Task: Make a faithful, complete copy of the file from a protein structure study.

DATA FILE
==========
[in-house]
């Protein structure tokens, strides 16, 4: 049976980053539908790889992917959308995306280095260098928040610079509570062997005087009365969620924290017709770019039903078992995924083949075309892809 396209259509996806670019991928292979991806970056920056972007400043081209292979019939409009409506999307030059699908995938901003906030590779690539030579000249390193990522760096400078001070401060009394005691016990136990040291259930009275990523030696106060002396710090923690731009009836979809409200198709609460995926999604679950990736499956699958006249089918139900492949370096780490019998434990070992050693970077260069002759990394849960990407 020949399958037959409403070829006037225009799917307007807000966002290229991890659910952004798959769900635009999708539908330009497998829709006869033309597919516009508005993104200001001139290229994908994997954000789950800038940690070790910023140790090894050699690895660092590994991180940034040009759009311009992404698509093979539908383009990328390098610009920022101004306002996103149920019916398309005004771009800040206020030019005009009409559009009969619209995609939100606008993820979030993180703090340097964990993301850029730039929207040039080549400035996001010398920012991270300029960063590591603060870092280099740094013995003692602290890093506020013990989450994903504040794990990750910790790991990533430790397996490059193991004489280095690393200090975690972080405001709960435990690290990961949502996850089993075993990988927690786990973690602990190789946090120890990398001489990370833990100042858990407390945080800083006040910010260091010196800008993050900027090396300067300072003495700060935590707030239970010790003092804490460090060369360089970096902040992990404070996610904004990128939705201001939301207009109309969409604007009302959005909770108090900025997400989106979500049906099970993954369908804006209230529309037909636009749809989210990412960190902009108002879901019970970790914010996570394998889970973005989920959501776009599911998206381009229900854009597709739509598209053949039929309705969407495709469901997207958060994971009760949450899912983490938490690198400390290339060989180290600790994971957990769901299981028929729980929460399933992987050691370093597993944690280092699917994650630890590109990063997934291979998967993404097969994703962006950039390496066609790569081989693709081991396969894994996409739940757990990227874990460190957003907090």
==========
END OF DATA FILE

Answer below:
[in-house]
């Protein structure tokens, strides 16, 4: 049976980053539908790889992917959308995306280095260098928040610079509570062997005087009365969620924290017709770019039903078992995924083949075309892809 396209259509996806670019991928292979991806970056920056972007400043081209292979019939409009409506999307030059699908995938901003906030590779690539030579000249390193990522760096400078001070401060009394005691016990136990040291259930009275990523030696106060002396710090923690731009009836979809409200198709609460995926999604679950990736499956699958006249089918139900492949370096780490019998434990070992050693970077260069002759990394849960990407 020949399958037959409403070829006037225009799917307007807000966002290229991890659910952004798959769900635009999708539908330009497998829709006869033309597919516009508005993104200001001139290229994908994997954000789950800038940690070790910023140790090894050699690895660092590994991180940034040009759009311009992404698509093979539908383009990328390098610009920022101004306002996103149920019916398309005004771009800040206020030019005009009409559009009969619209995609939100606008993820979030993180703090340097964990993301850029730039929207040039080549400035996001010398920012991270300029960063590591603060870092280099740094013995003692602290890093506020013990989450994903504040794990990750910790790991990533430790397996490059193991004489280095690393200090975690972080405001709960435990690290990961949502996850089993075993990988927690786990973690602990190789946090120890990398001489990370833990100042858990407390945080800083006040910010260091010196800008993050900027090396300067300072003495700060935590707030239970010790003092804490460090060369360089970096902040992990404070996610904004990128939705201001939301207009109309969409604007009302959005909770108090900025997400989106979500049906099970993954369908804006209230529309037909636009749809989210990412960190902009108002879901019970970790914010996570394998889970973005989920959501776009599911998206381009229900854009597709739509598209053949039929309705969407495709469901997207958060994971009760949450899912983490938490690198400390290339060989180290600790994971957990769901299981028929729980929460399933992987050691370093597993944690280092699917994650630890590109990063997934291979998967993404097969994703962006950039390496066609790569081989693709081991396969894994996409739940757990990227874990460190957003907090």